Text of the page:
Safelist filtering, or whitelisting, works in the opposite manner of blacklisting. The email filters only allow messages from a pre-approved list of senders. Other emails are flagged and moved into a quarantine folder.
4. Temporary block list filtering
Also known as greylisting, this technique works similarly to blacklisting and whitelisting. The email filters temporarily reject incoming messages from unknown senders with a resend request.
If the sender is genuine, they will resend the email again, confirming its legitimacy. However, if the email is from a spammer, they will likely ignore the resend request.
5. Antivirus filtering
Antivirus filtering is a common technique for email spam detection. The email filtering system scans incoming and outgoing messages for viruses and malicious programs. Any flagged emails are then blocked or quarantined.
6. Rule-based filtering
Rule-based filtering is a custom email filtering technique where the network administrator creates filtering rules. For example, they can set custom rules in users’ inboxes, where emails from a specific sender or subjects are moved to the spam folder.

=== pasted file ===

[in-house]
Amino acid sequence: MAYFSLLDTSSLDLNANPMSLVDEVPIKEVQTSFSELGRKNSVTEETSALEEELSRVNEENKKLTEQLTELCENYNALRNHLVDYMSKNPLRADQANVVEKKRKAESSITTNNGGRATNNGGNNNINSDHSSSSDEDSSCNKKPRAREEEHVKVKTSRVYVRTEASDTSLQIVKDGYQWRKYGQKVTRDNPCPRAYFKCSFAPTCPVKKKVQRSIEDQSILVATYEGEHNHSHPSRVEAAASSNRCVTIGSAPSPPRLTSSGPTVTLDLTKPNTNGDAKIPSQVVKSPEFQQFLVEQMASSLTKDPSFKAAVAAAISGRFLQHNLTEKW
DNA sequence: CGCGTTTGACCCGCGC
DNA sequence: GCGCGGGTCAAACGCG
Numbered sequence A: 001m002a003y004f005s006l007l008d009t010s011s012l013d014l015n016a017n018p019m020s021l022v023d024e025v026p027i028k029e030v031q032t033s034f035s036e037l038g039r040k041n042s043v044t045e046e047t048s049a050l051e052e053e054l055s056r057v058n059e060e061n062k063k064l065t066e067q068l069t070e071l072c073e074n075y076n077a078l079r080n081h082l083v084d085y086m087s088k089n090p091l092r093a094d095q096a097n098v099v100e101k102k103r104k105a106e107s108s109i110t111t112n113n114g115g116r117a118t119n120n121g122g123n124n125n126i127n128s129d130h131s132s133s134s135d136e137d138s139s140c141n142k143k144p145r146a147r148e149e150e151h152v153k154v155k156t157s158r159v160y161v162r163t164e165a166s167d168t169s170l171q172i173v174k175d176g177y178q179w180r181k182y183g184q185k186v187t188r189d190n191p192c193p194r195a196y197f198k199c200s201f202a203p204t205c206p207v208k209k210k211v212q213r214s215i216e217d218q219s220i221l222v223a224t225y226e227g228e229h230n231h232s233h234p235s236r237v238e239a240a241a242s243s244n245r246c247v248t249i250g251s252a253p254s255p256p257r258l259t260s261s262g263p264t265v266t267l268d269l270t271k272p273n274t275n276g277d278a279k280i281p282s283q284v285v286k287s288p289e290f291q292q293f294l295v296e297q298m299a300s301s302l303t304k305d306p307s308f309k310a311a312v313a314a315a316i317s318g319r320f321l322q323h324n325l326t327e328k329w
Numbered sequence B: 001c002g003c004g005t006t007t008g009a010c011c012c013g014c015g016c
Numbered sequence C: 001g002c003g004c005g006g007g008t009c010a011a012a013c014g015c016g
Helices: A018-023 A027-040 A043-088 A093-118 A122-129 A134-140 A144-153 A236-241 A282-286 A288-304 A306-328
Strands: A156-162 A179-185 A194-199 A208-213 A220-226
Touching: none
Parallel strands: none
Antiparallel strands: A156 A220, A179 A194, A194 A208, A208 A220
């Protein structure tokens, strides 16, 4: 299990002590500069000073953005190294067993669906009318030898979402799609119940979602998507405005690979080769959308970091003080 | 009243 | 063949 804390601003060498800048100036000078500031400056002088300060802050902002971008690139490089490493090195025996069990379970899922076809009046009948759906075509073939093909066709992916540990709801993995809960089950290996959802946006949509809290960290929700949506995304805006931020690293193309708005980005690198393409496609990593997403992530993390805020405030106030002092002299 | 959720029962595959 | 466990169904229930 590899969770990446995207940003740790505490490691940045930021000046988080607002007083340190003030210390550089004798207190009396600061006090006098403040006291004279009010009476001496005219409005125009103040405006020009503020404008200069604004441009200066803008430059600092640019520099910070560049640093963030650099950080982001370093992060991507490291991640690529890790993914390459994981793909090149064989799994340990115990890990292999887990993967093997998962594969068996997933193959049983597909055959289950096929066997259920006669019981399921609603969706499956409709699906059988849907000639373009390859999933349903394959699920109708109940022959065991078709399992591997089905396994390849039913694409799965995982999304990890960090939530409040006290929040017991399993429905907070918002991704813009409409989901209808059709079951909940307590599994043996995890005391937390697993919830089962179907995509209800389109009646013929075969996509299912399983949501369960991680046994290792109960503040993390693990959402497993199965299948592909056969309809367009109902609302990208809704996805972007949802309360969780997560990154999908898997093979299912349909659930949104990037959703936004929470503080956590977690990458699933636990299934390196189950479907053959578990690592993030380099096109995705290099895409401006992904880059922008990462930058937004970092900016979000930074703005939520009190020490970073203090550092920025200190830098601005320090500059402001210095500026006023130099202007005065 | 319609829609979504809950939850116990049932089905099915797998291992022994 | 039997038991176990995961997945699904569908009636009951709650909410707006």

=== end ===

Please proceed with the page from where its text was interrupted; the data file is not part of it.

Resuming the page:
Alternatively, they can customize the built-in email filters in such a way that they automatically never flag specific emails as spam and instead send them to the „Primary“ folder.
6. Adaptive email filtering
In this technique, the email filtering software learns and adapts its filters to increase efficiency.
It does this through machine learning & artificial intelligence, Bayesian modeling (predicting probability), email users’ feedback, etc.
A good example isGmail’s AI-powered spam filters, which flag down over 99% of spam emails.
7. Language filtering